Crawford Kilian, Writing for the Web, 4th ed., Self-Counsel Press: Bellingham, WA, 2009.

I just finished reading Kilian’s Webwriting guide. I would enjoy teaching English from this text. Kilian does a good job of putting communication into our clickety-quick context.

Kilian maintains a good Webwriting blog with lots of useful resources. Here’s my summary of key points and resources from the text:

  1. The Interactive/Constructivist Communication Model: When you write online, you need to think beyond the standard instrumentalist model of communication. That model says your sender transmits a message to a receiver, with the intent of making the receiver do something. Kilian says nuts to that: online, you’re having a conversation. Sender and receiver constantly change roles, interacting to jointly construct message and meaning. Corporate writers often have a hard time getting this (see Chapter 6).
  2. 25% Slower: that’s the oft-quoted stat from Jakob Nielsen on how much more slowly we read online. Paper has better resolution than computer screens. Our screens are getting sharper, but even on the iPad and Kindle, Nielsen found reading speeds 6% to 10% slower than in printed books. Write acordingly online: keep it short (Kilian says 100 words max!).
  3. Orientation, Information, Action: These three principles should guide all writing. Online, first orient your readers: make it clear to them where they are and how to get around your site. Inform them: be clear and correct (spell things right!). Then direct them toward action, whether it’s leaving a comment, contacting Congress, donating money….
  4. Advocacy and Marketing: Chapter 8 concisely summarizes tips for persuasive writing. The section on propaganda types, myths, and devices could make nice bite-size handouts and classroom activities.

Some online style guides cited:


Wired’s Clive Thompson (via Rafe Colburn) cites a study finding all this blogging, Twittering, and texting may actually be good for our writing skills. Stanford researcher Andrea Lunsford dares call it a “literacy revolution”:

The first thing she found is that young people today write far more than any generation before them. That’s because so much socializing takes place online, and it almost always involves text. Of all the writing that the Stanford students did, a stunning 38 percent of it took place out of the classroom—life writing, as Lunsford calls it. Those Twitter updates and lists of 25 things about yourself add up.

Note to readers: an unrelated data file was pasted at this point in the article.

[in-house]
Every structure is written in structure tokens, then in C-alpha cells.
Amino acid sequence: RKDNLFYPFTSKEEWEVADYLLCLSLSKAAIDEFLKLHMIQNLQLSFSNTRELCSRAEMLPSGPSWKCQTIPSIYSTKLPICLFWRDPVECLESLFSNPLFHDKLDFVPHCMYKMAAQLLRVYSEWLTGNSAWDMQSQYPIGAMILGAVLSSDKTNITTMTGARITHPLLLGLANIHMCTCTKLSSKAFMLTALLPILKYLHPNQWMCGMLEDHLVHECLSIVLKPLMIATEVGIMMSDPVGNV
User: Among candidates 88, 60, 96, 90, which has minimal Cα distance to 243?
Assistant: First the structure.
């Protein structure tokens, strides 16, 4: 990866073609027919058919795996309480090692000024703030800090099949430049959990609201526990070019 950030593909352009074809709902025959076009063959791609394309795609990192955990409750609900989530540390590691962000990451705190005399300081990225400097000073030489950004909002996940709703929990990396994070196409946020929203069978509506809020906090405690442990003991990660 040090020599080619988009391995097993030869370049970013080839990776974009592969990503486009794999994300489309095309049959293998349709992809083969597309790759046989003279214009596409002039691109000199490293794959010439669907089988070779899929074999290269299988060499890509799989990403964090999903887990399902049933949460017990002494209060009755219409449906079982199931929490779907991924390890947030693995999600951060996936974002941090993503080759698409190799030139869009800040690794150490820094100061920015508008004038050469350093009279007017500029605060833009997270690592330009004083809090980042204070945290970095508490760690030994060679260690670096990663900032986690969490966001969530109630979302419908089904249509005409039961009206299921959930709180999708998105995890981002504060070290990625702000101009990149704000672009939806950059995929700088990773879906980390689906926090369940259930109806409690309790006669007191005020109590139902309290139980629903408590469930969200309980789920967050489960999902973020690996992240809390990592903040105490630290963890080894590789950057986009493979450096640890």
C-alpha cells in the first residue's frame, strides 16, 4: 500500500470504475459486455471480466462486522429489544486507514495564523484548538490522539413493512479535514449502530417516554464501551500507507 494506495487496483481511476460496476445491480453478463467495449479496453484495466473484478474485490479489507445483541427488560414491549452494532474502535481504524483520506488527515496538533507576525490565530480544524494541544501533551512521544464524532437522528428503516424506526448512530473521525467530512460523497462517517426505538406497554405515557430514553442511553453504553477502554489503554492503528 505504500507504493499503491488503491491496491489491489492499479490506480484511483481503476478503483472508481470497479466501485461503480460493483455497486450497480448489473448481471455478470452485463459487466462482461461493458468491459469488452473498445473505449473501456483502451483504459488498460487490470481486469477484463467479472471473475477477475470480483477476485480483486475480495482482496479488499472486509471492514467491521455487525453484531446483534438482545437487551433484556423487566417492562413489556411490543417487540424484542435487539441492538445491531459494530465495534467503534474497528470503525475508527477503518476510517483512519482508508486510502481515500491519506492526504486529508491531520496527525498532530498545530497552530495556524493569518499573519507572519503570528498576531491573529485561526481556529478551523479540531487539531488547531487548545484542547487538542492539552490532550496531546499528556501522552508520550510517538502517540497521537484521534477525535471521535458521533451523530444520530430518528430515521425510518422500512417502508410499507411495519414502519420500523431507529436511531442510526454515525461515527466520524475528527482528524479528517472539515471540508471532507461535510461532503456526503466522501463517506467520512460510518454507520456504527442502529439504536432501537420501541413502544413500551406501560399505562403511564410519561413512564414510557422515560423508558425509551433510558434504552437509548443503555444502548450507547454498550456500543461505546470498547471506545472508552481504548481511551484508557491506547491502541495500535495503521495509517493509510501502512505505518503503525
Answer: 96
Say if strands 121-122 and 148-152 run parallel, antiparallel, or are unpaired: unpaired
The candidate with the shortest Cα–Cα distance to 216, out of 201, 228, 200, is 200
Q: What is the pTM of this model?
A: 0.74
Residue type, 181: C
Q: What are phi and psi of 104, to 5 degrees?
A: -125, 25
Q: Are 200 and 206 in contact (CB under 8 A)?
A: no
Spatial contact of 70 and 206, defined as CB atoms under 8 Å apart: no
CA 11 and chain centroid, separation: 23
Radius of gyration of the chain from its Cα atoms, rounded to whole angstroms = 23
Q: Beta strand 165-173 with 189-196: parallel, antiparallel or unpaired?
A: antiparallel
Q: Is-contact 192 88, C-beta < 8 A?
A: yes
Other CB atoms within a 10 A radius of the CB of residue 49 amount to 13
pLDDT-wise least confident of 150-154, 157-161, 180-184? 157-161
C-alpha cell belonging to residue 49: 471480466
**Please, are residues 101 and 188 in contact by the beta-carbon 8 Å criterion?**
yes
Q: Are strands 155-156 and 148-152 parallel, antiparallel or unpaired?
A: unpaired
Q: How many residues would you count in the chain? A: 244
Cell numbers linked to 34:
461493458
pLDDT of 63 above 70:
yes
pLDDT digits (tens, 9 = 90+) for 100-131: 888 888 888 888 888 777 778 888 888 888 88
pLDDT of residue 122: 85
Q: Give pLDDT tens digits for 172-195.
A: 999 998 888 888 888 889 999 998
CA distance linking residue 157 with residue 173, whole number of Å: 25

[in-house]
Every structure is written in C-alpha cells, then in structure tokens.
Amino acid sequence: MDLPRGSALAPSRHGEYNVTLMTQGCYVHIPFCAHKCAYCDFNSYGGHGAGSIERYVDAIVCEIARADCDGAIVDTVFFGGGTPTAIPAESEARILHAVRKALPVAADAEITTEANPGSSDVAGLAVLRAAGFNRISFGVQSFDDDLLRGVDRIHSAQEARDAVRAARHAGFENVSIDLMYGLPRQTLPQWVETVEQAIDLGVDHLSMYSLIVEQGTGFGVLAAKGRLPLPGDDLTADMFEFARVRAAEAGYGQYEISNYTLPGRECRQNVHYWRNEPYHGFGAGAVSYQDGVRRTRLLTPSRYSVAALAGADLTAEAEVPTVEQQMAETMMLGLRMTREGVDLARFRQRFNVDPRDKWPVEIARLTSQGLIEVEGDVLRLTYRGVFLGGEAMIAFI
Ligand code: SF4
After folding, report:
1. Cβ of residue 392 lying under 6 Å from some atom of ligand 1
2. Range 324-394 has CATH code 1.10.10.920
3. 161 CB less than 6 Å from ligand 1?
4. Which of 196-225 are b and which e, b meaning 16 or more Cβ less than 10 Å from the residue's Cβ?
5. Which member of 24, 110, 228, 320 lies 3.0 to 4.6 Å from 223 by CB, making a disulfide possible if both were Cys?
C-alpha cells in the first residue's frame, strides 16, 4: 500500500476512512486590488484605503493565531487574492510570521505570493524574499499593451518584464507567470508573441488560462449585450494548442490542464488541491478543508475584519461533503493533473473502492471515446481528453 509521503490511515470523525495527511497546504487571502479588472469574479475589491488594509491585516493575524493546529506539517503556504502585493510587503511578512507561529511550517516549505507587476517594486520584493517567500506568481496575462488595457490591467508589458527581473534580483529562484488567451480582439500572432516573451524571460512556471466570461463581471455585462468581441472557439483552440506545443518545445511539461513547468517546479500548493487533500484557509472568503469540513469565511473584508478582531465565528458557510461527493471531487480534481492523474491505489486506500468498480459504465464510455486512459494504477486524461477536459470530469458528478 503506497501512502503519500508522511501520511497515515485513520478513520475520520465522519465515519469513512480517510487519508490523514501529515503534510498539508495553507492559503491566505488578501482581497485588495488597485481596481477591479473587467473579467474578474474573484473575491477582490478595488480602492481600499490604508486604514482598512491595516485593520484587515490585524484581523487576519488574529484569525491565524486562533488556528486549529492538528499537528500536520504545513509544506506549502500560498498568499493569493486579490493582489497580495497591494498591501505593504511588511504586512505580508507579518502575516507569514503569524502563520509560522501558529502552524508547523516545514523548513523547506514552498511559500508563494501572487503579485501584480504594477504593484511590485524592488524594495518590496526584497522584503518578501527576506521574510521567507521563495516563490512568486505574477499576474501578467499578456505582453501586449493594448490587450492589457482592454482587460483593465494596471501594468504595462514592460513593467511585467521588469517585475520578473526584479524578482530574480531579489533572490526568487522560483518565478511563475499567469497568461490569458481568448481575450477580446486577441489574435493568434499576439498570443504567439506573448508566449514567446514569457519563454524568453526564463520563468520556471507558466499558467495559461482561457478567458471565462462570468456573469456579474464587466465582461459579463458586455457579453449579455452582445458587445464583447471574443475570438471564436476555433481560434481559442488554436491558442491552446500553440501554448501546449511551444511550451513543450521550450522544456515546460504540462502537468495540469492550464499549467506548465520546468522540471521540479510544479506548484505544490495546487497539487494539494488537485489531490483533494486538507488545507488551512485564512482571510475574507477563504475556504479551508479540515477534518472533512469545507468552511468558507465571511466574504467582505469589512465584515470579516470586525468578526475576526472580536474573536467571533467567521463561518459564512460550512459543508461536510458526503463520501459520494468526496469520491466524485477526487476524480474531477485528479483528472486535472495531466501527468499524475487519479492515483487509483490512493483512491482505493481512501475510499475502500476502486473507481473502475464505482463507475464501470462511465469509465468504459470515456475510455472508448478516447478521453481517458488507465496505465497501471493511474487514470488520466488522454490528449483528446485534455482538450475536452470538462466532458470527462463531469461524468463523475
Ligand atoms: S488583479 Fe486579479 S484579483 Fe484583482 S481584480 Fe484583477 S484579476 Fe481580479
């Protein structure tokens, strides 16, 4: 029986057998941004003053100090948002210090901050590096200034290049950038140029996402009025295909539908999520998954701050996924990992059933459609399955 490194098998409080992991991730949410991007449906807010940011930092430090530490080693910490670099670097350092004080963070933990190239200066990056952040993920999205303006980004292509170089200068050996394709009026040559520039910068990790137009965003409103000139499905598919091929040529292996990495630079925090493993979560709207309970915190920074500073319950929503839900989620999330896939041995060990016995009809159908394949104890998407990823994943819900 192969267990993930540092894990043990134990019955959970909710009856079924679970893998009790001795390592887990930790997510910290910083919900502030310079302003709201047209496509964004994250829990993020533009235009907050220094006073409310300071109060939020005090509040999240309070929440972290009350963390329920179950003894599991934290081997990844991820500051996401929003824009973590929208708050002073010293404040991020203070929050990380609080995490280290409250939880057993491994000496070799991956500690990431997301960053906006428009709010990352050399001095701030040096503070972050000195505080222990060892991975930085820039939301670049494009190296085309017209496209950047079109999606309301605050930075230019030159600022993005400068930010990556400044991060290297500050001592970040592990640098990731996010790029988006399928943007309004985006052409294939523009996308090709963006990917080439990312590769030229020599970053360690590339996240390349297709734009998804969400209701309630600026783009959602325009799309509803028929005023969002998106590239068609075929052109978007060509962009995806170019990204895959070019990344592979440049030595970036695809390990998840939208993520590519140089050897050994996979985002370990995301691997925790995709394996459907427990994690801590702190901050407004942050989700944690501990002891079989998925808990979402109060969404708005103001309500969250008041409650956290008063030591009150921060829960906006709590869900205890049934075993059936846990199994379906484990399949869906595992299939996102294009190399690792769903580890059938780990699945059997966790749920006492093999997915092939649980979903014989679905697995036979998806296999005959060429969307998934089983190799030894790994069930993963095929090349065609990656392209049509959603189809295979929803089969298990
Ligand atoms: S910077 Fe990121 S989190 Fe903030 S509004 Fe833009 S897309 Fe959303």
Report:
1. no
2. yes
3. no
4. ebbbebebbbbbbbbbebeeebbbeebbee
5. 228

It’s almost hard to remember how big a paradigm shift this is. Before the Internet came along, most Americans never wrote anything, ever, that wasn’t a school assignment. Unless they got a job that required producing text (like in law, advertising, or media), they’d leave school and virtually never construct a paragraph again.

But is this explosion of prose good, on a technical level? Yes. Lunsford’s team found that the students were remarkably adept at what rhetoricians call kairos—assessing their audience and adapting their tone and technique to best get their point across. The modern world of online writing, particularly in chat and on discussion threads, is conversational and public, which makes it closer to the Greek tradition of argument than the asynchronous letter and essay writing of 50 years ago [Clive Thompson, “Clive Thompson on the New Literacy,” Wired, 2009.08.24].

Kairos, audience… that’s what communication is all about, connecting to the community, finding and building what we have in common. Lunsford finds that student writers recognize the importance of community to communication: they don’t get enthusiastic about in-class writing because they know their class essays and term papers usually have an audience of one and serve little purpose beyond getting the grade. That sounds to me like all the more reason to move classroom writing online: always have students write for an audience beyond themselves and the teacher’s grammar pen. Always make them think about how their words will withstand public scrutiny. Always make them take public responsibility for their thoughts and language.

Hmm… maybe we should do that with speeches, too: tell kids they’re going face a potential audience of six billion viewers, and YouTube ’em!

Thompson also notes that the Internet expands our writing ability with different formats. The strict limits of Twittering and text can foster conciseness, while blogs allow writers the freedom to write grand opi on their favorite topics.

We still have work to do on the consumer side of literacy, teaching kids how to critically evaluate and synthesize sources into coherent, reliable, workable understandings. But on the producer side (and remember: those sides are merging!), I’m excited to see what literacy will look like in 20 and 50 years.

I had an e-mail conversation with a new enrollee in our doctoral program last week. Along with answers to her questions about courses and exams, I offered this bit of advice about writing and blogging. It certainly applies to my experience here at DSU; I think it may generalize to all graduate programs where students have to crank out lots of scholarly prose. (more…)